Andrew Zimmern, host of “Bizarre Foods,” makes his kid lit debut with “AZ and the Lost City of Ophir” (Beaver’s Pond Press, $15.95), a book that he co-authored with H.E. McElhatton. Zimmern will make an author appearance Feb. 11 at the Barnes and Noble location in Buckhead. CONTRIBUTED BY TRAVEL CHANNEL

Andrew Zimmern, coming to Atlanta, has an appetite for adventure

Food personality shares time-travel tale in debut children’s book

Atlanta keeps calling Andrew Zimmern’s name.

The James Beard award-winning chef, host of Travel Channel’s “Bizarre Foods” and Food Network star, was in town last weekend for the annual Super Bowl fundraiser Taste of the NFL. The food personality is coming back to Atlanta next week to chat about his most recent project, which sees him diving into kid lit.

Zimmern is the author of the newly released “AZ and the Lost City of Ophir” (Beaver’s Pond Press, $15.95). His first fiction book for young readers, co-authored by H.E. McElhatton, stars a 12-year-old appropriately named AZ, who dreams of becoming a world explorer like his archaeologist parents. But a bad report card sees AZ stuck in summer school and staying with his Odd Uncle Arthur. A time-travel snafu, however, changes everything, and AZ finds himself on a mission to find the legendary city of Ophir.

Like the “Choose Your Own Adventure” series, “AZ and the Lost City of Ophir” is filled with the sort of action and suspense that middle school readers eat up. And it is the first volume in what Zimmern plans as a series called “Alliance of World Adventures.”

Zimmern will make an author appearance Feb. 11 at the Barnes and Noble location at 2900 Peachtree Road in Buckhead. The family-friendly event, one in a five-city book tour, is free and open to the public.

What prompted Zimmern to add children’s writer to his already impressive resume?

“AZ and the Lost City of Ophir” by Andrew Zimmern and H.E. McElhatton
Photo: The Atlanta Journal-Constitution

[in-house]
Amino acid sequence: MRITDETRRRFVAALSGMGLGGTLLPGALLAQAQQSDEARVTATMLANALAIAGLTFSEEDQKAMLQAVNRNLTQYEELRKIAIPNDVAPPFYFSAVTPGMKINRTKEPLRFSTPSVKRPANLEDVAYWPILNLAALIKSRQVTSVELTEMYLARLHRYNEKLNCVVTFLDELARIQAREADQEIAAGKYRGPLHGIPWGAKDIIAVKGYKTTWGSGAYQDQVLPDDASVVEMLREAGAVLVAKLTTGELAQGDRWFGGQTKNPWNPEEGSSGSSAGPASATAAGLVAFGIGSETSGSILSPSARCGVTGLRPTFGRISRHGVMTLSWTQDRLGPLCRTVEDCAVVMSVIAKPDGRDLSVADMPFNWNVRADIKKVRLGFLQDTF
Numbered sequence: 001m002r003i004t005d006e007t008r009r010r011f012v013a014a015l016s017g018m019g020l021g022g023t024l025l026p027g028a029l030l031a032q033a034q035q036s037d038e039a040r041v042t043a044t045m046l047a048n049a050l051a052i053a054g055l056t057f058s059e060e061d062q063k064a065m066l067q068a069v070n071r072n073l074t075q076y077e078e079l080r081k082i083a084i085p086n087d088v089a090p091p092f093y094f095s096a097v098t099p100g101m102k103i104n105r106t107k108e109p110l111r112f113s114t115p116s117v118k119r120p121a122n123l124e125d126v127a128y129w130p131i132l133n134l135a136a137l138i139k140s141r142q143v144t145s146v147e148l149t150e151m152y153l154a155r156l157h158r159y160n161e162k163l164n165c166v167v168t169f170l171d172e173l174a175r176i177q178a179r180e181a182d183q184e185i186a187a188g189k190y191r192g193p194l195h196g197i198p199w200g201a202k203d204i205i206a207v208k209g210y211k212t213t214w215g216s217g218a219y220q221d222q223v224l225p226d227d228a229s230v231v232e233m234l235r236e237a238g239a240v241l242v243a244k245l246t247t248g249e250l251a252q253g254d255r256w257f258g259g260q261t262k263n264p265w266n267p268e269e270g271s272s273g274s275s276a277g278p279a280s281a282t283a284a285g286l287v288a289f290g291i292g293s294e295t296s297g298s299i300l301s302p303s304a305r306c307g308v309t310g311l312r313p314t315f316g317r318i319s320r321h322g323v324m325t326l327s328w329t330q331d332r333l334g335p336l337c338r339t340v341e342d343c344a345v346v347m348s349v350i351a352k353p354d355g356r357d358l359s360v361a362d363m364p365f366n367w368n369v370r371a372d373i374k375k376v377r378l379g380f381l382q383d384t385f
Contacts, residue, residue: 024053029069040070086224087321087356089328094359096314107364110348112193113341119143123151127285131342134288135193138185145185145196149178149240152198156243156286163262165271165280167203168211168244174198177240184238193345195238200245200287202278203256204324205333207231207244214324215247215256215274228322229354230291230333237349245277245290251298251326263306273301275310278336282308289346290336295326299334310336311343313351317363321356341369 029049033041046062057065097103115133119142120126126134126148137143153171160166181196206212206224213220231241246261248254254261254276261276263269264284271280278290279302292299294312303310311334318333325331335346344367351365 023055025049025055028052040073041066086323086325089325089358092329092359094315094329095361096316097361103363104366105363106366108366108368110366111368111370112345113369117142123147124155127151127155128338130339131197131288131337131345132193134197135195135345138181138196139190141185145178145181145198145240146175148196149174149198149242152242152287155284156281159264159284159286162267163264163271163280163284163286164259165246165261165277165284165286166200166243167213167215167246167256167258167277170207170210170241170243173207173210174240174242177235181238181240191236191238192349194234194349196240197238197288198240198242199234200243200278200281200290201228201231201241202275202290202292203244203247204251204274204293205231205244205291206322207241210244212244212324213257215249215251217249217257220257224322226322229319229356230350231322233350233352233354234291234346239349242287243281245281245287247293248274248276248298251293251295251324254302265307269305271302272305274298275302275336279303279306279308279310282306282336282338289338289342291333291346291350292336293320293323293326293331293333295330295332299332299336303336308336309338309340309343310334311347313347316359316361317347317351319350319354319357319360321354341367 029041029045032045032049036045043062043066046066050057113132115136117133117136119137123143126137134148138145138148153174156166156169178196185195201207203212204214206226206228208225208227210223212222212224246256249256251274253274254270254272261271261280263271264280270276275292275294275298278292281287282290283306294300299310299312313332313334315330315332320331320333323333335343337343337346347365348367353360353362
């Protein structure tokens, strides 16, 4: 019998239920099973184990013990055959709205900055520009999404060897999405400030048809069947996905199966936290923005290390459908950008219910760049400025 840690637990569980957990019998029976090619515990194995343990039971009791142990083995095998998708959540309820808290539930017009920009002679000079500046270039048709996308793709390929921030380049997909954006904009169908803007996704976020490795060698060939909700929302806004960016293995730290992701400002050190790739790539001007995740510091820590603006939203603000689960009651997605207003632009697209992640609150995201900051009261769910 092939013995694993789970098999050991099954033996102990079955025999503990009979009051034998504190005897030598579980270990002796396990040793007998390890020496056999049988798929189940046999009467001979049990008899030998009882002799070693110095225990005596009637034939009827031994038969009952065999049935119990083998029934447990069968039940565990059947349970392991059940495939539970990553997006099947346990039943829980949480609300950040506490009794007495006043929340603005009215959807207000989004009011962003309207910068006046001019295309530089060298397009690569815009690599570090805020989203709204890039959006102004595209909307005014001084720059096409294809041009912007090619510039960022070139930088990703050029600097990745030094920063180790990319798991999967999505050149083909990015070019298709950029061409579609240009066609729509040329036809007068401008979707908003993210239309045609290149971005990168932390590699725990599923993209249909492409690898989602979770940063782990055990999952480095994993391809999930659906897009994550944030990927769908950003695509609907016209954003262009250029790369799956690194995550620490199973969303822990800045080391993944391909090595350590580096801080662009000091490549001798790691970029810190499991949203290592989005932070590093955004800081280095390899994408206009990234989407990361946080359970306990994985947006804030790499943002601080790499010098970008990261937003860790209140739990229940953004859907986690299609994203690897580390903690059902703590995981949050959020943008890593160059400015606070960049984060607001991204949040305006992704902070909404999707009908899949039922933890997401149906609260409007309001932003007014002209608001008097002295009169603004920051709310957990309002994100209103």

“My father was a great storyteller,” Zimmern said, recalling how, when they traveled on car trips and the radio reception cut out, his father would make up adventure stories for him. “There had to be some action, where Indiana Jones-style trains hurdle over the tracks.”

Zimmern continued the storytelling tradition with his own son, Noah, who turns 14 this month.

“There is a lot of my son and myself rolled into our main protagonist,” he said. “AZ is a funny, appealing little guy, but he’s kind of in trouble. He hasn’t lived up to his potential. He thinks he knows everything. By the end of the book, he’s learned to rely on others, learned a lot of valuable lessons in life.”

Zimmern’s life in the world of television also largely influences the book. It has cliffhanger-style chapters, which, like the moments leading up to a commercial break, keep you tuned in. Multiple learning pods include hieroglyphs, food experiments, make-your-own treasure maps and adventure lists.

While “AZ and the Lost City of Ophir” transports young readers back to ancient Egypt, Zimmern sees endless possibilities about where future books in the series will go. “I see kids going to Dodge City in the 1870s and the South of the 1860s. I’m really excited to have kids spend more time learning from other children in the cultures and historical time periods they are going to visit,” he said.

“For 20 years, I explored food as the best way to learn about culture and people. Expanding it to kids and what they can learn about visiting those cultures is really exciting to me,” said Zimmern, who has visited more than 170 countries to date.

He noted that the book offers opportunities for children to also learn about hunger, class, race and other issues relevant to the present times.

“The reason I created ‘Bizarre Foods’: I saw a world defining itself by our differences. I saw language, skin color, ethnicity and race were based on differences instead of the things we had in common. I created the show to explore what we had in common through food.” He hopes that the book makes readers aware “that kids all over the world and in different time periods had the same thoughts” as they do.

One of the social justice causes that Zimmern is involved in is combating childhood hunger. To that end, a portion of the book’s proceeds will benefit No Kid Hungry, a campaign created by Share Our Strength.

EVENT PREVIEW

Author talk and book signing with Andrew Zimmern

7 p.m. Feb. 11. Free. Barnes and Noble, 2900 Peachtree Road, Atlanta. 404-261-7747, https://stores.barnesandnoble.com/event/9780061980557-0.

Read the 2018 AJC Fall Dining Guide: Dining on Buford Highway 

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